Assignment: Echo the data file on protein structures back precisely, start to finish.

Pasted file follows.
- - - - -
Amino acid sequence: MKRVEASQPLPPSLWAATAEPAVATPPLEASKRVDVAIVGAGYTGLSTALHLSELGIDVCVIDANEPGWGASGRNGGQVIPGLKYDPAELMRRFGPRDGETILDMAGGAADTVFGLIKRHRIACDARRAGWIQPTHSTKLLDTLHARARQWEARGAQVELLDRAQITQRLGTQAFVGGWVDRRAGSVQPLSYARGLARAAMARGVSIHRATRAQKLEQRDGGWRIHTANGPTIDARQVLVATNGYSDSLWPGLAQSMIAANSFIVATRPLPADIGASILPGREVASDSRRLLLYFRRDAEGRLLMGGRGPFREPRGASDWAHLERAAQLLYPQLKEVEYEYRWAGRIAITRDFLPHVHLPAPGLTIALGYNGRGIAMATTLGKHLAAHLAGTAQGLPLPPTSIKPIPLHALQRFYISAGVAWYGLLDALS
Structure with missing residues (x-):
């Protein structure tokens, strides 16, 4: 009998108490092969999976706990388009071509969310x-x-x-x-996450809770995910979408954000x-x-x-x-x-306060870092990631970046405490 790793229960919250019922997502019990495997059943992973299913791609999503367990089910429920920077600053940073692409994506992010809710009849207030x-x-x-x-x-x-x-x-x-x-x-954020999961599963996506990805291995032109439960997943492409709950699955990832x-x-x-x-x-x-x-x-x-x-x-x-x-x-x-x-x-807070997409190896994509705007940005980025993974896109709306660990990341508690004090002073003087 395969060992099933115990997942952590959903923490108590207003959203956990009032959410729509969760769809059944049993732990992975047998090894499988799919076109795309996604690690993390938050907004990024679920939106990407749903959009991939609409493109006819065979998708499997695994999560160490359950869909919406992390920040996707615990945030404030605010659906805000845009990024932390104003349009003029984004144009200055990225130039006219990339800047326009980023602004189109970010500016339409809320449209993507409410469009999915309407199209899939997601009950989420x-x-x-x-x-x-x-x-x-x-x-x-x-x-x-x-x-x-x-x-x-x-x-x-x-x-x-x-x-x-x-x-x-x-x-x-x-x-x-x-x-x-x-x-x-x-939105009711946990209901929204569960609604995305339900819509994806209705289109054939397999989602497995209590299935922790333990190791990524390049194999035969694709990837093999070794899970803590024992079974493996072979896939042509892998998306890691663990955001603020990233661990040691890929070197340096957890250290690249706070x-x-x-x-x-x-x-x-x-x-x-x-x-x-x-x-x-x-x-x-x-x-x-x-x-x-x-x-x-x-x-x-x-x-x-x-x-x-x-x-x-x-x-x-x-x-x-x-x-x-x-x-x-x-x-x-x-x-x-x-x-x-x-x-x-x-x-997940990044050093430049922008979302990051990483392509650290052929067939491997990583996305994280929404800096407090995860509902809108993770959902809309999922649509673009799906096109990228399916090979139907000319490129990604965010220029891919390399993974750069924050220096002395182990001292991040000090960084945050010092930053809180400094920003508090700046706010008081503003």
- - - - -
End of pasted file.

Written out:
Amino acid sequence: MKRVEASQPLPPSLWAATAEPAVATPPLEASKRVDVAIVGAGYTGLSTALHLSELGIDVCVIDANEPGWGASGRNGGQVIPGLKYDPAELMRRFGPRDGETILDMAGGAADTVFGLIKRHRIACDARRAGWIQPTHSTKLLDTLHARARQWEARGAQVELLDRAQITQRLGTQAFVGGWVDRRAGSVQPLSYARGLARAAMARGVSIHRATRAQKLEQRDGGWRIHTANGPTIDARQVLVATNGYSDSLWPGLAQSMIAANSFIVATRPLPADIGASILPGREVASDSRRLLLYFRRDAEGRLLMGGRGPFREPRGASDWAHLERAAQLLYPQLKEVEYEYRWAGRIAITRDFLPHVHLPAPGLTIALGYNGRGIAMATTLGKHLAAHLAGTAQGLPLPPTSIKPIPLHALQRFYISAGVAWYGLLDALS
Structure with missing residues (x-):
């Protein structure tokens, strides 16, 4: 009998108490092969999976706990388009071509969310x-x-x-x-996450809770995910979408954000x-x-x-x-x-306060870092990631970046405490 790793229960919250019922997502019990495997059943992973299913791609999503367990089910429920920077600053940073692409994506992010809710009849207030x-x-x-x-x-x-x-x-x-x-x-954020999961599963996506990805291995032109439960997943492409709950699955990832x-x-x-x-x-x-x-x-x-x-x-x-x-x-x-x-x-807070997409190896994509705007940005980025993974896109709306660990990341508690004090002073003087 395969060992099933115990997942952590959903923490108590207003959203956990009032959410729509969760769809059944049993732990992975047998090894499988799919076109795309996604690690993390938050907004990024679920939106990407749903959009991939609409493109006819065979998708499997695994999560160490359950869909919406992390920040996707615990945030404030605010659906805000845009990024932390104003349009003029984004144009200055990225130039006219990339800047326009980023602004189109970010500016339409809320449209993507409410469009999915309407199209899939997601009950989420x-x-x-x-x-x-x-x-x-x-x-x-x-x-x-x-x-x-x-x-x-x-x-x-x-x-x-x-x-x-x-x-x-x-x-x-x-x-x-x-x-x-x-x-x-x-939105009711946990209901929204569960609604995305339900819509994806209705289109054939397999989602497995209590299935922790333990190791990524390049194999035969694709990837093999070794899970803590024992079974493996072979896939042509892998998306890691663990955001603020990233661990040691890929070197340096957890250290690249706070x-x-x-x-x-x-x-x-x-x-x-x-x-x-x-x-x-x-x-x-x-x-x-x-x-x-x-x-x-x-x-x-x-x-x-x-x-x-x-x-x-x-x-x-x-x-x-x-x-x-x-x-x-x-x-x-x-x-x-x-x-x-x-x-x-x-x-997940990044050093430049922008979302990051990483392509650290052929067939491997990583996305994280929404800096407090995860509902809108993770959902809309999922649509673009799906096109990228399916090979139907000319490129990604965010220029891919390399993974750069924050220096002395182990001292991040000090960084945050010092930053809180400094920003508090700046706010008081503003």